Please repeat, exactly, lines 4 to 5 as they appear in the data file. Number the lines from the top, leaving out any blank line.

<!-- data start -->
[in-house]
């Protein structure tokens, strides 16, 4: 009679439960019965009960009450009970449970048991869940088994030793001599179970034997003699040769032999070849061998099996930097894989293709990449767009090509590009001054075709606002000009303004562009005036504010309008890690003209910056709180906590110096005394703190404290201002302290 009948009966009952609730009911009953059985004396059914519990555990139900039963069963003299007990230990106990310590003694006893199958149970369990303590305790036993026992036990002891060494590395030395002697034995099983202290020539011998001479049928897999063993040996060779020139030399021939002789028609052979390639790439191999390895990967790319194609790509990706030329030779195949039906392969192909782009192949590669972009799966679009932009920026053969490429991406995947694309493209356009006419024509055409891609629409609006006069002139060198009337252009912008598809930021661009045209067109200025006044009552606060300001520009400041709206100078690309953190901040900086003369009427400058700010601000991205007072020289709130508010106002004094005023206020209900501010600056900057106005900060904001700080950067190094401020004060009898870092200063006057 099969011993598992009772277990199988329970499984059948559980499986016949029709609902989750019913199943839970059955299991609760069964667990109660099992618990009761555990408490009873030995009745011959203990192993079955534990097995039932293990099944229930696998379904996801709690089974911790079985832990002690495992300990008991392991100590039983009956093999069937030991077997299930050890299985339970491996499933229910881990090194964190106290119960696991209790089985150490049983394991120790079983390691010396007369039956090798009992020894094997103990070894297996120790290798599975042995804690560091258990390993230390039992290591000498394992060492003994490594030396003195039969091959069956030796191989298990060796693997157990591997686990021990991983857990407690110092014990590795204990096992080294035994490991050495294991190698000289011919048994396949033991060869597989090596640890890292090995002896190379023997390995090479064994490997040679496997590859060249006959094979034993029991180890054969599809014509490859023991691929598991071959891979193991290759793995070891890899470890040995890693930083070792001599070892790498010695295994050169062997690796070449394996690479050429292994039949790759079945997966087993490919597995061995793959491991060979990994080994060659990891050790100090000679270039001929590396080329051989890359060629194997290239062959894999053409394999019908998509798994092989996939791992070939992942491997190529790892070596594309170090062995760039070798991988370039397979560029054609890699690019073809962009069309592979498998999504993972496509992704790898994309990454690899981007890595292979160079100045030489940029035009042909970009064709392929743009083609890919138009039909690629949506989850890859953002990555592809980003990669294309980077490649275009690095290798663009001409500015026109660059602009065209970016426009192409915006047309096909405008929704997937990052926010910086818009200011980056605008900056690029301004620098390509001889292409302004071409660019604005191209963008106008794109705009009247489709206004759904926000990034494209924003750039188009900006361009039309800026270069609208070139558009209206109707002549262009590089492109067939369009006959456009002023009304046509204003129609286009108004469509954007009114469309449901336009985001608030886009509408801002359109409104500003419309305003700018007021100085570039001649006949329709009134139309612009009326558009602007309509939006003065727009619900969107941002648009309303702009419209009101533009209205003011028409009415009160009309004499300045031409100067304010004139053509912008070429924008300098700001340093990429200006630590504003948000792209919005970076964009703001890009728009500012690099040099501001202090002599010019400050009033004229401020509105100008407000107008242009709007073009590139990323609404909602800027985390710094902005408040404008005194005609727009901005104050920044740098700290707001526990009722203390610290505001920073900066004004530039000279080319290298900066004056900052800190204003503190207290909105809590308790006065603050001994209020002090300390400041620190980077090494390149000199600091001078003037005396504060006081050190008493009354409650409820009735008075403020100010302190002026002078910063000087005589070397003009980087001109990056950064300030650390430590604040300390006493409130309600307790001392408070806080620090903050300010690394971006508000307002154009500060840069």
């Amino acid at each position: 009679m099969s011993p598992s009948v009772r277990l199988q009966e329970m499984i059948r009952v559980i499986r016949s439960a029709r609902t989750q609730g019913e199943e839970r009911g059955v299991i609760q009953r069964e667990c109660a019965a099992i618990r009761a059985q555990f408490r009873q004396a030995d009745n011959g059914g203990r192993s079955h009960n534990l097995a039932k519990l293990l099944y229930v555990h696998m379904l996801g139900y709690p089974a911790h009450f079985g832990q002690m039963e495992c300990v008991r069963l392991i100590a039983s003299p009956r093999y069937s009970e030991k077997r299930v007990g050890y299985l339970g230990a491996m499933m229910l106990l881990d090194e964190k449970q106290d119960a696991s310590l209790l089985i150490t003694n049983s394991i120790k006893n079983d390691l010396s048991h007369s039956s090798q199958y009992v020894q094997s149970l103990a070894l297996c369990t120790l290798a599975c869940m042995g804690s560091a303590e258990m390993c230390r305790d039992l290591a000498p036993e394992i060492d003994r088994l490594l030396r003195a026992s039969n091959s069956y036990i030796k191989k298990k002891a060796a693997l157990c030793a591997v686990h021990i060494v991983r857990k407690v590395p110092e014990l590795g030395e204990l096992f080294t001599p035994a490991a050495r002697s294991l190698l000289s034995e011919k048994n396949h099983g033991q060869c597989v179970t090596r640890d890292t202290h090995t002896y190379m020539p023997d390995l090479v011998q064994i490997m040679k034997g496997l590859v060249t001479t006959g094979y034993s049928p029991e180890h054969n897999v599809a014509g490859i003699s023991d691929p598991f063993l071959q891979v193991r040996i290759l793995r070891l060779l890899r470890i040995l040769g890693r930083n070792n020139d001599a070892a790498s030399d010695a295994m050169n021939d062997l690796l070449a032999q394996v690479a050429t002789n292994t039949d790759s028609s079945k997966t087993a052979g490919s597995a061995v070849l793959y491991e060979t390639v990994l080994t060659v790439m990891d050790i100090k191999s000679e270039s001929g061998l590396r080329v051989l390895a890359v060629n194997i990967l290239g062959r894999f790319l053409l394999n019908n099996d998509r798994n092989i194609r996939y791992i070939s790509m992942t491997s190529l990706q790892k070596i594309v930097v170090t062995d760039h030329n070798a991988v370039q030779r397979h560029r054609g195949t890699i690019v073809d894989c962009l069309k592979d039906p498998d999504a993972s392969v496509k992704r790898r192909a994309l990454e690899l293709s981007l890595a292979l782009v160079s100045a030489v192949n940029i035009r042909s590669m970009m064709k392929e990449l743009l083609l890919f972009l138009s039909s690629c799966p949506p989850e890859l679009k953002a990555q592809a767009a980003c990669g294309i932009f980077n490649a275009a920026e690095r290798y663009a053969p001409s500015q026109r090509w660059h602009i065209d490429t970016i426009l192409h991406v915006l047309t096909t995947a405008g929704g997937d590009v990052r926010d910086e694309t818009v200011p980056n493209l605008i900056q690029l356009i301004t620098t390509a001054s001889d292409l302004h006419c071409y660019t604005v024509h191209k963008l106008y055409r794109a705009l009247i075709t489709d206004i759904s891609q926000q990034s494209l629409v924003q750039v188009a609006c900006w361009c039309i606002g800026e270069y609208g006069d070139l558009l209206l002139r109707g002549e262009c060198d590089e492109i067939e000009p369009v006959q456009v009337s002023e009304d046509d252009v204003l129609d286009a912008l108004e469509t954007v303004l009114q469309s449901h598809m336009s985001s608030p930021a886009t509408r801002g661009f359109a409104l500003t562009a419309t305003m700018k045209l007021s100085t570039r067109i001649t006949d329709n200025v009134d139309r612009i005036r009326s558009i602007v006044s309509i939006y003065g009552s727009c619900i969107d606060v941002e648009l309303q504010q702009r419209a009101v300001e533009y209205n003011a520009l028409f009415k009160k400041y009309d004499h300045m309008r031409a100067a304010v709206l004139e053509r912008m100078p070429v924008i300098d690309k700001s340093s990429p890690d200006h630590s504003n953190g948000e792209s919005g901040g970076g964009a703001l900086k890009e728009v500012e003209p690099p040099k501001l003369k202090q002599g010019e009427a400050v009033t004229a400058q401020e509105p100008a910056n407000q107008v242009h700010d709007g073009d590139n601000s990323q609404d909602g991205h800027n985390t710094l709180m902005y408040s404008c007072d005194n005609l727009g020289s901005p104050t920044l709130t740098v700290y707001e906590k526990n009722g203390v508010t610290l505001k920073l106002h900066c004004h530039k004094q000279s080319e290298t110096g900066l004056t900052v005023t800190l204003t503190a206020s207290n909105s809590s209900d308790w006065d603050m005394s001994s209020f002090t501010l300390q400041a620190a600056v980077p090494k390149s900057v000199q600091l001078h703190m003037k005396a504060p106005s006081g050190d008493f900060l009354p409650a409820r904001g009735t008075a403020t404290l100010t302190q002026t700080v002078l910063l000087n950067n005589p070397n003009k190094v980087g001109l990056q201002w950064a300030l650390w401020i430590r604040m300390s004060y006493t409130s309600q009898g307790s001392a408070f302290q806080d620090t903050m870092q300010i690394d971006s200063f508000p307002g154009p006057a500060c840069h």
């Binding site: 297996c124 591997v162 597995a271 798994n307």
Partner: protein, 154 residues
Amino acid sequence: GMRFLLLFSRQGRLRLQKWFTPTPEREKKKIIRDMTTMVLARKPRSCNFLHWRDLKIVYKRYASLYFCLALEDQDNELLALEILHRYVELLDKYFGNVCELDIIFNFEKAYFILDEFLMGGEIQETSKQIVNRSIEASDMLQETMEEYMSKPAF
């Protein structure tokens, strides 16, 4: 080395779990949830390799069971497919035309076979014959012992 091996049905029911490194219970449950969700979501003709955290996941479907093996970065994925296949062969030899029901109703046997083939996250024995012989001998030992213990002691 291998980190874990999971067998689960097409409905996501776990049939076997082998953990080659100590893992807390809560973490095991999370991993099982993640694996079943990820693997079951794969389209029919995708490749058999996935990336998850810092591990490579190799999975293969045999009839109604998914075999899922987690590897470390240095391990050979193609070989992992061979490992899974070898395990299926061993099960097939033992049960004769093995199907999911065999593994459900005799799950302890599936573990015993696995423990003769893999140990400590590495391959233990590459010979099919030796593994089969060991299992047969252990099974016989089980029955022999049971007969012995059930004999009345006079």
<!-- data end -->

């Binding site: 297996c124 591997v162 597995a271 798994n307």
Partner: protein, 154 residues